What I Mean To Say But Haven’t (draft 4)

After Jhumpa Lahiri’s “Survivorman”

Here’s a truth: the first time your husband kissed me up against my car
after dinner at that Mexican dive, I kept my eyes open and watched
an old man hold the door for his wife, stooped behind her walker.

Here’s a lie: I believed him when he said it wasn’t
as if you were really married, as he had been separated
from you for a year, by couch and queen-sized bed.

Here are some facts: though I may have bought him the green toothbrush
beside the sink so he’d stop using mine, most days I see it
I forget why it’s there. But I smile when it brings back the memory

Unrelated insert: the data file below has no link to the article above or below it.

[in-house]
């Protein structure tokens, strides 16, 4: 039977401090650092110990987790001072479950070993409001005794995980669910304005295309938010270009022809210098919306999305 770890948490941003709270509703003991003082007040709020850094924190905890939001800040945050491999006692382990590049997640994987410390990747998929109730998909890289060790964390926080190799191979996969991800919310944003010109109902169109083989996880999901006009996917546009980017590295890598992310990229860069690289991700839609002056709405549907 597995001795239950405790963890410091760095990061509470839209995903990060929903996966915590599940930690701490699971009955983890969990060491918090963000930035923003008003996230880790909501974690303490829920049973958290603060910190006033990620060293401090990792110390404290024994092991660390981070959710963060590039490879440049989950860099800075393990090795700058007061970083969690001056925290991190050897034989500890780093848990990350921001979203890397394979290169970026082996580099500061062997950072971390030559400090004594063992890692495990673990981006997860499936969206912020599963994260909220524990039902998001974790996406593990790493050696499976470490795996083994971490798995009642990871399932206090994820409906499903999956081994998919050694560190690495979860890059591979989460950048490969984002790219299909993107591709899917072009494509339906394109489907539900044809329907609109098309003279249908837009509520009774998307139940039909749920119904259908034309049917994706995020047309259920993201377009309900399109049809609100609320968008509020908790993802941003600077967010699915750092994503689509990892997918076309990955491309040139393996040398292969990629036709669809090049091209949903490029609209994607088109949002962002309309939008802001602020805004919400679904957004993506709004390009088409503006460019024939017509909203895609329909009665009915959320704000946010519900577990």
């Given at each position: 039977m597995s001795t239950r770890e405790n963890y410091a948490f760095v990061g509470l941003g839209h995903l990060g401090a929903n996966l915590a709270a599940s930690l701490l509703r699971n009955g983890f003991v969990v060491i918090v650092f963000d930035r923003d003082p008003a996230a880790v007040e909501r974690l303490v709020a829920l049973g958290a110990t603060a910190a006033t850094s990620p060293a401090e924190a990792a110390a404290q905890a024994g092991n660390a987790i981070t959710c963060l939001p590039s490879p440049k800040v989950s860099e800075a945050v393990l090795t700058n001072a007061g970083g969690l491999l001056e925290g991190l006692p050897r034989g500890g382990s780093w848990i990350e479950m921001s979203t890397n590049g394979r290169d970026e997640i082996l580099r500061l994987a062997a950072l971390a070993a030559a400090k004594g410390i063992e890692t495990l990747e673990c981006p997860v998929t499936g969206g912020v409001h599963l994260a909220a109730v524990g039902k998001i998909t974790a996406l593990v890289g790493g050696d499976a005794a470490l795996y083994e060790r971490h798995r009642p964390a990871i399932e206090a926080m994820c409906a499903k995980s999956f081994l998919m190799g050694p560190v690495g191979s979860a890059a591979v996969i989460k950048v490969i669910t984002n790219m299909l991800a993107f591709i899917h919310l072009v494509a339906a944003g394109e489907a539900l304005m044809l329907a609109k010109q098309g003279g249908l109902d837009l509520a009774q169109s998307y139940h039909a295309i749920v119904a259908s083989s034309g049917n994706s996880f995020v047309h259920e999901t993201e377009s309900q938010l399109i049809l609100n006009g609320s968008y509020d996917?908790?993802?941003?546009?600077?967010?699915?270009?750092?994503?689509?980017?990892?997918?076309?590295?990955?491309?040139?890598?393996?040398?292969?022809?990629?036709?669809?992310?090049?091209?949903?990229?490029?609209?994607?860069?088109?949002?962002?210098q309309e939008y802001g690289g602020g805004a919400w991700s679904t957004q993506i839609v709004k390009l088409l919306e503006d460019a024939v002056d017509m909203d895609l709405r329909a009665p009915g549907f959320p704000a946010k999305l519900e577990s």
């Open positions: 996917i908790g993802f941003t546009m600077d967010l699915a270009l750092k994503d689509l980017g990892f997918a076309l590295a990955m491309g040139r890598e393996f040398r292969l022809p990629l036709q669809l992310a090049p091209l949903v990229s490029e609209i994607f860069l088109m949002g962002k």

of the first time he cooked with garlic; we spent five minutes taking turns
trying to scrub the taste out of our tongues. When you and I
had a parent-teacher meeting to discuss how your little boy runs
around the playground pulling all the girls’ pigtails, I wanted to tell you
the man who is still– technically– your husband wasn’t
at work, but picking up ingredients for chili to make at my apartment.
And whenever I see the toilet seat up, I imagine a stranger has broken in.

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